How to Breed Bengal Cats

Updated November 21, 2016

The Bengal cat is a relatively new breed in the feline world. A cross between a domesticated short hair and the wild Asian Leopard Cat, Bengals are a good choice for those who enjoy the rarity of the small wildcat. A quality Bengal has a sweet disposition, unique markings and a spirited playful nature. Breeding Bengals should be done only as a means to preserve the line and to improve quality of this unusual cat.

Feed the queen a good diet before the breeding process. The Bengal cat should always have access to a high-quality kibble throughout its lifespan, but is crucial to feed a good a nutritional food to ensure she has the nutrients to stay healthy during pregnancy. Avoid foods that contain grain as it is unhealthy filler for cats.

Locate a stud cat to mate with the queen. This will require careful planning and can be time-consuming. The ideal mate for the queen should possess the characteristics that the female lacks to produce quality babies. The male and female Bengal cats should both have a clean bill of health, be current on all shots and be parasite free

Introduce the pair when the female goes into heat. A female Bengal that has gone into heat may become rather talkative and will raise her tail end into the air when her back is scratched. A Bengal's heat cycle can last two to three days, or up until she is actually bred.

Leave the male and female alone in a secluded spot for 24 to 48 hours. Several matings may have to take place before the female will conceive. Document any mating attempts so that the estimated delivery date can be established.

Confirm the mating is successful by having a veterinarian perform a pregnancy test, or wait three to four weeks and look for indications of pregnancy. The queen's nipples may appear to be a dark pink colour and be larger. Pregnant queens will become more affectionate as the pregnancy progresses; some may even vomit, similar to morning sickness in humans.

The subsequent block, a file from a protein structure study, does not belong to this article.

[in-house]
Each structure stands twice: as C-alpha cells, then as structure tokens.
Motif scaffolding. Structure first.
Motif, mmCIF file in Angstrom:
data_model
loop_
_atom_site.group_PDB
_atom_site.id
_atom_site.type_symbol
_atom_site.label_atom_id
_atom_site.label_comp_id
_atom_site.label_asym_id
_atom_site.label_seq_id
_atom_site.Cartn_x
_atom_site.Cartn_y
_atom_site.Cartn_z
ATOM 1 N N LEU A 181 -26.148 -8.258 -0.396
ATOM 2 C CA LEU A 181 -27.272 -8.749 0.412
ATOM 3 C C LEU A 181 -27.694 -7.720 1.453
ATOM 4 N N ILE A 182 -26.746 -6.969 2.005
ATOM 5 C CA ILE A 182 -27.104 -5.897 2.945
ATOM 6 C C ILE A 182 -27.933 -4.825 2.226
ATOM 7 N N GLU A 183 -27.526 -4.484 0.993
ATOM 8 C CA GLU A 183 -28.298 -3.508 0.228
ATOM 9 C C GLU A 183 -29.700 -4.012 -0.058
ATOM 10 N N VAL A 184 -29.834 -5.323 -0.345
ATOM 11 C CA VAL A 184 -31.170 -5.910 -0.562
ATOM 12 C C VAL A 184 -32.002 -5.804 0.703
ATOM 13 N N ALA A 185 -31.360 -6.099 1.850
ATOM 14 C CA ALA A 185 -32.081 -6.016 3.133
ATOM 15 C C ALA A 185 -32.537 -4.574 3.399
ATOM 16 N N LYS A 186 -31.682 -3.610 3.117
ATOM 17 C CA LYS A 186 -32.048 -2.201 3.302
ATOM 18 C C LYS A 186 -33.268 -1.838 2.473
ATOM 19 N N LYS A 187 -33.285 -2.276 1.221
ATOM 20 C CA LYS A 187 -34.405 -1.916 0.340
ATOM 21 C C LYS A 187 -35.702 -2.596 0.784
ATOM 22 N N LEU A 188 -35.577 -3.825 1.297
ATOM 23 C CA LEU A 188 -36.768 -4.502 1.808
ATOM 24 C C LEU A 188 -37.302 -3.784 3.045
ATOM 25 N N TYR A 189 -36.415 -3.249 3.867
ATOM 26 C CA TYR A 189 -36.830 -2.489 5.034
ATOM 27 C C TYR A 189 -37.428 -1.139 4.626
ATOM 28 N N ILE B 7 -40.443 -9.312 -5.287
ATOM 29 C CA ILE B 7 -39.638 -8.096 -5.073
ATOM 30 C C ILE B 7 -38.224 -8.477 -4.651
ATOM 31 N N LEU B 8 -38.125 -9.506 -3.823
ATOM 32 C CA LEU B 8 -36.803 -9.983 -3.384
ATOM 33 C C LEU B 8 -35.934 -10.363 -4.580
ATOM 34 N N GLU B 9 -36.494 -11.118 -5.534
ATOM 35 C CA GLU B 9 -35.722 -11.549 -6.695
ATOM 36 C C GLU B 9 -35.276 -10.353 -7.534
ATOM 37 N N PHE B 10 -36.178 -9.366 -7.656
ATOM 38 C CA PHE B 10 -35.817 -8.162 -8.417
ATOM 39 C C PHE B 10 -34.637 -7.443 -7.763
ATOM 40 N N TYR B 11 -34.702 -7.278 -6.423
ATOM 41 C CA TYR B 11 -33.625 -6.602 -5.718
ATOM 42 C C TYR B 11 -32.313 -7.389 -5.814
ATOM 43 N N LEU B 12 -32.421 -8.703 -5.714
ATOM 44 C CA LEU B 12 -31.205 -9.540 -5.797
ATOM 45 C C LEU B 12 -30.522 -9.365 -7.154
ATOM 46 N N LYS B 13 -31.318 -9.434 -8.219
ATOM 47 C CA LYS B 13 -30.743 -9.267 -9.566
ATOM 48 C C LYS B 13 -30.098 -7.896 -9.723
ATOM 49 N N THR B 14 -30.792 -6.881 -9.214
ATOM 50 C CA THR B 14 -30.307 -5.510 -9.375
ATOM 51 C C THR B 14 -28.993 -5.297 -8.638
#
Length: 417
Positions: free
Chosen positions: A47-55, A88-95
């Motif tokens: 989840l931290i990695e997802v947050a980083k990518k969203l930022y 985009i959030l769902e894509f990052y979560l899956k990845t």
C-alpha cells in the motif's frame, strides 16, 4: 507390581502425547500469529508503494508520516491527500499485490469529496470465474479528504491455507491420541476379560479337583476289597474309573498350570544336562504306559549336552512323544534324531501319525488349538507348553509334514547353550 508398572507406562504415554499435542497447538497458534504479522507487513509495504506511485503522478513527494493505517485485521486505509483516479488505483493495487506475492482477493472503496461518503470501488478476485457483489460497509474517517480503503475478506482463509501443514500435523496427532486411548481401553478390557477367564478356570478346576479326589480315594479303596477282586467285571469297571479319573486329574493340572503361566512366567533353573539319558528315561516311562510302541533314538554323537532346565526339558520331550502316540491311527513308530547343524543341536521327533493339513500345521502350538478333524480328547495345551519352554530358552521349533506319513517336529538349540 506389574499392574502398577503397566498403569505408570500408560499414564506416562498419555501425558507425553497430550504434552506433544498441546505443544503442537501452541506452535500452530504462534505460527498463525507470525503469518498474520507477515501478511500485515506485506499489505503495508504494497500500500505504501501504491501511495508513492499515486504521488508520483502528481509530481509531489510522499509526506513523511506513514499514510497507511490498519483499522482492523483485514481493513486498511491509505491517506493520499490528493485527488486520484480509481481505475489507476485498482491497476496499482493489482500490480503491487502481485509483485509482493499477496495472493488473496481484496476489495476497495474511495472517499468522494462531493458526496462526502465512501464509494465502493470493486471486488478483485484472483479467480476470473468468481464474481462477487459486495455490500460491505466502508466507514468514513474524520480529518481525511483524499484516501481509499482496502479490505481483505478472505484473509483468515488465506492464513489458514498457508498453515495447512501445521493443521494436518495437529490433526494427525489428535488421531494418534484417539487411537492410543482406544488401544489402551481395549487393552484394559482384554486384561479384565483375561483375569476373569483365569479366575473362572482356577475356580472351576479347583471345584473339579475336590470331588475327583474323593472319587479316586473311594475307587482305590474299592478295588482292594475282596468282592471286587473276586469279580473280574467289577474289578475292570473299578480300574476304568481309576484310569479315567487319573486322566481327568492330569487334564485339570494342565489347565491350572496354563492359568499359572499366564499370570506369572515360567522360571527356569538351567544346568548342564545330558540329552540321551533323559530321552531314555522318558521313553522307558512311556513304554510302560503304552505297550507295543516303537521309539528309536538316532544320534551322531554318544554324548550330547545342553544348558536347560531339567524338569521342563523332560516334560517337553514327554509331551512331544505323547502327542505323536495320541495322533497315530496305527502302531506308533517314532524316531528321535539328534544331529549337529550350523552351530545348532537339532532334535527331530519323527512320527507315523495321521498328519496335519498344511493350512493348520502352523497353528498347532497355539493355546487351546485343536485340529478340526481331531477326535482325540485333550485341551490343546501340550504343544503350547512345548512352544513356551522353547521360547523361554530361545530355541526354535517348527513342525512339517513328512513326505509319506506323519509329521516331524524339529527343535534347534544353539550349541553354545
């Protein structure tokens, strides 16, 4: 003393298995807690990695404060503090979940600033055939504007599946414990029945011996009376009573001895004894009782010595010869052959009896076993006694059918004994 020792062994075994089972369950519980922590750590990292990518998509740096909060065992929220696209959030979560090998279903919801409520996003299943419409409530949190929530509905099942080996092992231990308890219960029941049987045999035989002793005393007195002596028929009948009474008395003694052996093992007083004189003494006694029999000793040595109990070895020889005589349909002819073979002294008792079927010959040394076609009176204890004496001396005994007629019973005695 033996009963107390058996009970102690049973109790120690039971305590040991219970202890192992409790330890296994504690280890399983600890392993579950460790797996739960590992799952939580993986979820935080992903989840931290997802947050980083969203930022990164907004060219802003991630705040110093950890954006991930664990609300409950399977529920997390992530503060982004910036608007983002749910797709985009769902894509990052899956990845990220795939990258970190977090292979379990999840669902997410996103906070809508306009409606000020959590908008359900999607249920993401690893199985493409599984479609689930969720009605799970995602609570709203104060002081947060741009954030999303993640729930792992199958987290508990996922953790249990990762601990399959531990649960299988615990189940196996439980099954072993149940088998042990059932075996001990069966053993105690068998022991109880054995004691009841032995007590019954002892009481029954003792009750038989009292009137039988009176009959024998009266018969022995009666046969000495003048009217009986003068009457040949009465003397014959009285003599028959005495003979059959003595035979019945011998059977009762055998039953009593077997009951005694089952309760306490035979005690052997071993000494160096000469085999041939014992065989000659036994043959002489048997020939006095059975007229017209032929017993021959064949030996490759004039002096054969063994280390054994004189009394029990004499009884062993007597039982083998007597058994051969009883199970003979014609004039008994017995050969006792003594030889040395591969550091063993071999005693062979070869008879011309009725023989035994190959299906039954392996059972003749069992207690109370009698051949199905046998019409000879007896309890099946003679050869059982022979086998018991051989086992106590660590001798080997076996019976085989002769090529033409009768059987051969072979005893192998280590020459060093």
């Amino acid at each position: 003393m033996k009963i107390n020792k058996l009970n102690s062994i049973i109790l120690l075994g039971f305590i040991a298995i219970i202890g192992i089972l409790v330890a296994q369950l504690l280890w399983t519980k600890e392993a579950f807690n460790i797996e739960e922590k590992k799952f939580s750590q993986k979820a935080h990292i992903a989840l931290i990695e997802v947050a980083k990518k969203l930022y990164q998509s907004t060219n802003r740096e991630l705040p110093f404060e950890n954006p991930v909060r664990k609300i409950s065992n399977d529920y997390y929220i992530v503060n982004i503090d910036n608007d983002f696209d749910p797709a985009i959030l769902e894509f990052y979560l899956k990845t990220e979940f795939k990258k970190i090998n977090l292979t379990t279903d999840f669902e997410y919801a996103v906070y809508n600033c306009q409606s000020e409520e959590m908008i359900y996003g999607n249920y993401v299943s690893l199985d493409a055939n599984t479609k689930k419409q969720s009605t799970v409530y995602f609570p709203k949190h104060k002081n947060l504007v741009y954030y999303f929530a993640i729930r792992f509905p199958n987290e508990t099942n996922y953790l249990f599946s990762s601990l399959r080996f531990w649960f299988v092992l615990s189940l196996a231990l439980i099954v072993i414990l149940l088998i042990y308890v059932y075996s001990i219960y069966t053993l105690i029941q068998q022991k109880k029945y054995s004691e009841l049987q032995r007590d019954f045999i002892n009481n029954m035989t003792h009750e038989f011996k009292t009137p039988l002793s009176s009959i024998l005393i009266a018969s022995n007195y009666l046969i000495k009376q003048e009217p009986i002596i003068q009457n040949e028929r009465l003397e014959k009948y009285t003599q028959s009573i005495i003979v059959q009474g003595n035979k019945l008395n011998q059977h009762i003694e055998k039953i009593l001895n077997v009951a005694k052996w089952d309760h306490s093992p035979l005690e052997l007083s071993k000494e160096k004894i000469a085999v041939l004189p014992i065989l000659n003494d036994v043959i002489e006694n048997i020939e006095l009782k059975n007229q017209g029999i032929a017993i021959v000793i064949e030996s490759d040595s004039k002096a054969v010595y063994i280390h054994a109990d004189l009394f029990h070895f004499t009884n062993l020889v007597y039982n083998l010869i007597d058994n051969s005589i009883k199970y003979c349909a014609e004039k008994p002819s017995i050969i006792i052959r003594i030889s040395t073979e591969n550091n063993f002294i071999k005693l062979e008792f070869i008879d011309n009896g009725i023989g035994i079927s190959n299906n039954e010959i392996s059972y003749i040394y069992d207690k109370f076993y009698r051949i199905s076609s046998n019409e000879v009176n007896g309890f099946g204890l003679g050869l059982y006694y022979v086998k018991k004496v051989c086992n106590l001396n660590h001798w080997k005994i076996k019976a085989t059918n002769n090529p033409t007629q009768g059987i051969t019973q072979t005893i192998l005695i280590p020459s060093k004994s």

Build or buy a nesting box for the queen. The nesting box should be large enough for her to walk into and still be able to move around comfortably. A small covered crate that offers privacy for the cat would work well. Providing all goes well, the queen will deliver four to six kittens 56 to 72 days after mating.


When breeding Bengal cats, the female should be at least 1 year old or she should have been through two heat cycles before breeding. Add a vitamin supplement to the cat food daily to help produce the needed calcium that a pregnant cat needs. Male and female Bengals can be kept together throughout the pregnancy.


It is important to know the estimated date of conception in the event that a C-section needs to be performed. Carefully selecting the queen's mate is an important factor to avoid producing kittens with aggressive tendencies or defects. Breeding Bengals should not be looked at as a way to become wealthy.

Things You'll Need

  • Queen Bengal
  • Stud
  • Nutritional supplements
  • Nesting box
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